“How to install the application _______?”

I’m sure you’ve asked yourself. If you use GNU/Linux, the usual answer is: by installing a software package.

But… there are many package formats. How do you know which one is best?

Let me tell you.

System packages

I say “system” because, by installing a package in this format, what we are really doing is allowing a new software component to become part of our operating system.

Depending on the operating system you use, the package may have a different format:

  • .deb for Debian and derivatives, such as Ubuntu, Linux Mint….

  • .apk for Alpine (not to be confused with Android .apk).

  • .rpm is the “official standard”, so distros that don’t use it natively usually have some way to install it, such as via alien. Many others use it as their primary format:

    • RHEL and derivatives, such as CentOS, Rocky Linux, Alma Linux, Oracle Linux….
    • Fedora
    • OpenSUSE
    • Mageia
    • etc.
  • .tar.gz, .tgz, .tbz2 and other combinations that have a t and a z somewhere. These are simply compressed folders that, when unzipped in the right place, give you the application ready to use.

And there are more formats and more families of distros. Much has already been written on the subject, so it’s not worth spending more time on that.

In short, if you are going to install the application with a system package, choose the format closest to the one your distro uses natively.

Complete packages

There is a whole range of packages that contain the application along with all its dependencies inside. The advantage of these packages is that they are easier to install and work on any distro equally. The disadvantage is that they tend to take up more space.

  • AppImage. The idea is simple: a file containing any program along with its dependencies. Simply, you download it, place it in the folder you want, give it execution permissions and run it. That’s it, you have the program running on any distro. The good thing about it is that it is easy to distribute and use. The bad thing is that it takes up more space, it does not offer integration with the desktop or the application store and you have to update it by hand following the same process. There is a fairly large catalog of applications in AppImage format.
  • Snap. Similar to the previous one, but with support for server applications and one (unique) application store. Requires special mount points and that you have the client installed and a system service running to use the applications. It allows you to manage updates and restrict application permissions. Although a snap package is supposed to work on any distro, the reality is that Ubuntu is the primary target, and the rest are secondary.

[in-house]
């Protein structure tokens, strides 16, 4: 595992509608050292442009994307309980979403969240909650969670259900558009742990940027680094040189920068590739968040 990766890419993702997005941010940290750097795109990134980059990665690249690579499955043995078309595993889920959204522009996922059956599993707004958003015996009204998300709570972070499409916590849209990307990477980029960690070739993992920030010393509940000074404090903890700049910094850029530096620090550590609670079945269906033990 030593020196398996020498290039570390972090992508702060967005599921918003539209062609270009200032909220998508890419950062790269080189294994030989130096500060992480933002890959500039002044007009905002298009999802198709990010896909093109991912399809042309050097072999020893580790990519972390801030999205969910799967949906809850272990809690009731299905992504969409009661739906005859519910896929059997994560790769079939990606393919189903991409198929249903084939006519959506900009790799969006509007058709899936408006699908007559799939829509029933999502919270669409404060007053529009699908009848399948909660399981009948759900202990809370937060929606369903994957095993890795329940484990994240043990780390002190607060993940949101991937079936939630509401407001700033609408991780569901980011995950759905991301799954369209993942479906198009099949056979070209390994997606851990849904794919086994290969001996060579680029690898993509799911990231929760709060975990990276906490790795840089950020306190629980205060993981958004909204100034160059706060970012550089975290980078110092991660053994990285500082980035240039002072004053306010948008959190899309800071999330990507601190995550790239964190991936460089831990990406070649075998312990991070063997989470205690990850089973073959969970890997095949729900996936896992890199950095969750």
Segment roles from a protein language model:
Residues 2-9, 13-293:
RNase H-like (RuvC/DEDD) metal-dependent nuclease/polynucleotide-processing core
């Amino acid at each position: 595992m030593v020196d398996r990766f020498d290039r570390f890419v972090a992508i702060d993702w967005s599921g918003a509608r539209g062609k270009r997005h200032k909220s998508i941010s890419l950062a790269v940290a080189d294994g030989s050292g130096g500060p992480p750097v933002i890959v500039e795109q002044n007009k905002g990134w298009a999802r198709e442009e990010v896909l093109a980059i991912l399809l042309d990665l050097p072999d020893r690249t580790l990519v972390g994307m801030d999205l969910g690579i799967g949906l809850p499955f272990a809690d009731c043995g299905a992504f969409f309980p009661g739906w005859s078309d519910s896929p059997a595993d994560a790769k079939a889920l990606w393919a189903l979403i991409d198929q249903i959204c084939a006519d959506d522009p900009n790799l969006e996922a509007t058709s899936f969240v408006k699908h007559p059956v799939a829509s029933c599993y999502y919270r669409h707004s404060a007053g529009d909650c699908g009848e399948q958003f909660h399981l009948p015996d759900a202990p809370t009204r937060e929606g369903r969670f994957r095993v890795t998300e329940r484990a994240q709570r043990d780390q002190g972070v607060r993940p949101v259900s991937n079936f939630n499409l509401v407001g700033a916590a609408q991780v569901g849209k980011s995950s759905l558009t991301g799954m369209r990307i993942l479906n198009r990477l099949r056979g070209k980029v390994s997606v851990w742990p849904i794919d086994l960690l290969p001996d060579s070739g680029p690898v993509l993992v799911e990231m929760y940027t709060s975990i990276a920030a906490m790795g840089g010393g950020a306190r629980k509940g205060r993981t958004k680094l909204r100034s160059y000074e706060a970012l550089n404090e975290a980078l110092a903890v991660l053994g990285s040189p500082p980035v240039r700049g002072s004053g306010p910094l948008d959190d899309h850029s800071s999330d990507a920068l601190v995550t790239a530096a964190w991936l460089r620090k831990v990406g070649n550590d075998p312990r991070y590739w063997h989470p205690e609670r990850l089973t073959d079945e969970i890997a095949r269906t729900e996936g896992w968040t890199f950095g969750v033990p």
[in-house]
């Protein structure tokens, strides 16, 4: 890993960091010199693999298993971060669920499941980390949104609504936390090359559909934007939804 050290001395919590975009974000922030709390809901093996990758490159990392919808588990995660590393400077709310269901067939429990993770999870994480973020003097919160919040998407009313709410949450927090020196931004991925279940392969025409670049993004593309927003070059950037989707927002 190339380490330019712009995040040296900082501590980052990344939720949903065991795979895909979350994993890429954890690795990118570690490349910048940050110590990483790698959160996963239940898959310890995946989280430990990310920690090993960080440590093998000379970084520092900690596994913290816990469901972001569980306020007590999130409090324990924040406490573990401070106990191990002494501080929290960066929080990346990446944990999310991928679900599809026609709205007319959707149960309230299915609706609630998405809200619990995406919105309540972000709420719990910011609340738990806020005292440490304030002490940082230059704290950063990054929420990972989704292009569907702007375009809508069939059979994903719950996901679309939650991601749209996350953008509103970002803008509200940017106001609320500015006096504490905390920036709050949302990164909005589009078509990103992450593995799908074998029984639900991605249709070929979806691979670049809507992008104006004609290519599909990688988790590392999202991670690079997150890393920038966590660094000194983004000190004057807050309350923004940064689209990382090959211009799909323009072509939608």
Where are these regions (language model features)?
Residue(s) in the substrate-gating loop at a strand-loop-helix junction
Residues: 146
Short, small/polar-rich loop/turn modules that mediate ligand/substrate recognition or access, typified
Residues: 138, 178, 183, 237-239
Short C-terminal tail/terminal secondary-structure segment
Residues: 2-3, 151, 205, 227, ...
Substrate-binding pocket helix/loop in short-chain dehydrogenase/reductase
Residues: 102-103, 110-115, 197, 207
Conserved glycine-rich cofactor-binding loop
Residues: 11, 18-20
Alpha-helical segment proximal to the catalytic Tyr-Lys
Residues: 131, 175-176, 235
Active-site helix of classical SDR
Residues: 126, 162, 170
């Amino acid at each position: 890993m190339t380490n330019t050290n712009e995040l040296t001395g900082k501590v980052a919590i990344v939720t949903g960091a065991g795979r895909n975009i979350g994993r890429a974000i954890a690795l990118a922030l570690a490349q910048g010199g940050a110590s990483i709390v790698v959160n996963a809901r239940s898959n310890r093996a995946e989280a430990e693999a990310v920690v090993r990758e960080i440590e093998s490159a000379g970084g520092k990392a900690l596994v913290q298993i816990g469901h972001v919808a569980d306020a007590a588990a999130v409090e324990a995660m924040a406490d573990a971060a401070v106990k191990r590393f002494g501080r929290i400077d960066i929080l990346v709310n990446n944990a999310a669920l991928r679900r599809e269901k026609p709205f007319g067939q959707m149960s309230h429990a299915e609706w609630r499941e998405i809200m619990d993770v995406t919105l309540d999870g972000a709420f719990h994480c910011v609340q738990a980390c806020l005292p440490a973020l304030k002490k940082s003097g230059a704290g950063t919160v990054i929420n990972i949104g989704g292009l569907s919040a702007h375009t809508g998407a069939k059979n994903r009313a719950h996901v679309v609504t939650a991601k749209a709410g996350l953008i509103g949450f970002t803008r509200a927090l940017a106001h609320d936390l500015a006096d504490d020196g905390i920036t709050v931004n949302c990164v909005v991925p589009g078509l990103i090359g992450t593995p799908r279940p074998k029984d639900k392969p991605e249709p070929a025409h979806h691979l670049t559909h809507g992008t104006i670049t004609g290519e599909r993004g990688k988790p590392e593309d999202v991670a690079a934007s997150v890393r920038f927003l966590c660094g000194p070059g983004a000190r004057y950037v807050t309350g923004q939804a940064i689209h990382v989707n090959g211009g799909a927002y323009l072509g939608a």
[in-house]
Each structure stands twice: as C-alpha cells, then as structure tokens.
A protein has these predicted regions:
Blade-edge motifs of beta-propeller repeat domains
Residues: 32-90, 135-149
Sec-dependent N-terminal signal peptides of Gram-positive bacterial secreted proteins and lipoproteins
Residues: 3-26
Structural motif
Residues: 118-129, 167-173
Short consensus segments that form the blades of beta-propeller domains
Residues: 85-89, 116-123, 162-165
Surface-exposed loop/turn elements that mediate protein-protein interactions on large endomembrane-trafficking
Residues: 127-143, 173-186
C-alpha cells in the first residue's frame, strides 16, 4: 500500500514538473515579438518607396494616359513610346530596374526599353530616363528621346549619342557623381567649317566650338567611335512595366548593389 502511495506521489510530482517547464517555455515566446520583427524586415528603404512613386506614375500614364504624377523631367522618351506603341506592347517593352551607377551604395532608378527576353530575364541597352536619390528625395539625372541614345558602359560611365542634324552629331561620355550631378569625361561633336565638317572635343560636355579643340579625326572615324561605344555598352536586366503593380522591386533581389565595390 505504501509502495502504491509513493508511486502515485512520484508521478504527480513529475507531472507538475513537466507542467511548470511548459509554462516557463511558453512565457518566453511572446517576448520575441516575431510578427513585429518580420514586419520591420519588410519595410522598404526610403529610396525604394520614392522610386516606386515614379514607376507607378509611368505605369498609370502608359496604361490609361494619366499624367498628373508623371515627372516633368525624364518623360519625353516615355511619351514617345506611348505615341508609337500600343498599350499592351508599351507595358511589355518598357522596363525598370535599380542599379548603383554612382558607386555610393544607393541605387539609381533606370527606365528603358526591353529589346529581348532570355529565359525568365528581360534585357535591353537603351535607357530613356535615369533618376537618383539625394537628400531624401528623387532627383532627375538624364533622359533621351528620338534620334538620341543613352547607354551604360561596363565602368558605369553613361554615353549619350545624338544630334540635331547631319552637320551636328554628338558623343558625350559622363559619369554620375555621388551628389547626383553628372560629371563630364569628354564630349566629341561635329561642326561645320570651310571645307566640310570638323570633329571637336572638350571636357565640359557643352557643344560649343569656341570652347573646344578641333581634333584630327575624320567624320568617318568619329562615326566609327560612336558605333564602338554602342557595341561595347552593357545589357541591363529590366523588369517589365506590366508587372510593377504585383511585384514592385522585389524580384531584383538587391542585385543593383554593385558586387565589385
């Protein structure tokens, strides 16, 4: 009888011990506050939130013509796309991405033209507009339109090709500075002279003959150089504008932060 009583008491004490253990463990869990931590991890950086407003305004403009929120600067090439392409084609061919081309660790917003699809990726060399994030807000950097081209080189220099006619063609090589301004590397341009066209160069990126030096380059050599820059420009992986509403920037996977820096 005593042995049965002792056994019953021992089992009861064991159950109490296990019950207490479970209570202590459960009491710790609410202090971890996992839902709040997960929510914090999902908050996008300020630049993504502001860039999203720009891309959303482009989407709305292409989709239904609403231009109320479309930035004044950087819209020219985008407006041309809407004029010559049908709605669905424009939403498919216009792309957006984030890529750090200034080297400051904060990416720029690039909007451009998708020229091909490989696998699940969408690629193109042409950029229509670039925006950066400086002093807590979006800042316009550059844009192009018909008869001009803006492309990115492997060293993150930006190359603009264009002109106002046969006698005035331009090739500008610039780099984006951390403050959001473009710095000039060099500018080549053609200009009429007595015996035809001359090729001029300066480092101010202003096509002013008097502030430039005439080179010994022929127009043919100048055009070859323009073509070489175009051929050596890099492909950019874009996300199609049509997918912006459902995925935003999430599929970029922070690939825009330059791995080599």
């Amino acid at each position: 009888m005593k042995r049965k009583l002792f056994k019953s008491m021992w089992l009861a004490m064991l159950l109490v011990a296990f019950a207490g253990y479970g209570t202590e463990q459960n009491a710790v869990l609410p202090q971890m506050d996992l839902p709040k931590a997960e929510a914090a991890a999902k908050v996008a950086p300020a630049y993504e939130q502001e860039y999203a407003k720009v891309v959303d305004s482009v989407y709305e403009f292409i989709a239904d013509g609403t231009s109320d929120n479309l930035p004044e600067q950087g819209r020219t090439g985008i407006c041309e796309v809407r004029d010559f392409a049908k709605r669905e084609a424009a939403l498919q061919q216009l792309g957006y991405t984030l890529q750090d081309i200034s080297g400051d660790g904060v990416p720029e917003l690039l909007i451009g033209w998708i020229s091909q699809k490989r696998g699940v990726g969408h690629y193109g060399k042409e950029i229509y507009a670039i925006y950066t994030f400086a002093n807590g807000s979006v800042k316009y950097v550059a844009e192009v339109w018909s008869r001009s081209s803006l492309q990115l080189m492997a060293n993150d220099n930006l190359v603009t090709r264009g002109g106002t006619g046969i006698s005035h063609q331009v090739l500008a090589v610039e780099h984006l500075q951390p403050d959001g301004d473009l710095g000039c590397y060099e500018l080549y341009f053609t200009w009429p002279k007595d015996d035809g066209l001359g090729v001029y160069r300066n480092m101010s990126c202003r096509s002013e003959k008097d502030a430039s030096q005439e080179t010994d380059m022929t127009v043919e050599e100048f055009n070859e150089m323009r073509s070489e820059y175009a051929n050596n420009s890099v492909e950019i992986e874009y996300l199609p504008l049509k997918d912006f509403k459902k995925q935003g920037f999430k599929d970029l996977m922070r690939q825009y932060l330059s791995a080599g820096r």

• Flatpak. With all the strengths of Snap, but without its weaknesses: it does not need a running service or special mount points, it allows to enable various catalogs, to package in various technologies, to make better use of space, to update the application and SDK separately, it has a greater emphasis on permission isolation of applications, a main application catalog (but not unique) and a larger community with more involvement of many distros.

Of these, AppImage is the easiest to use of all, but you’ll have to download the applications by hand and, since they have no permissions system, you’d better trust the developer blindly. Plus, you’ll have to update them by downloading the new version by hand.

Snap and Flatpak are more complete, but in many ways I think Flatpak is the best option. However, since it has more emphasis on permission isolation, it is possible that some applications may not work completely well, especially if they were not designed with the permissions system in mind from the very beginning. There is Flatseal, which you can install to manage flatpaks permissions in these cases.

System package, or full package?

Now you understand, but you’re still in doubt, aren’t you? Well, I’ll make it simple for you.

If you have a choice, choose full package. And, among them, Flatpak.

Official or community package?

This will depend on the program.

Sometimes it happens that the developer of a program is not really an expert in packaging it, and therefore often the community package works better than the official one. But, on the other hand, if you want technical support directly from the developers, they will usually only give it to you if you use the official package.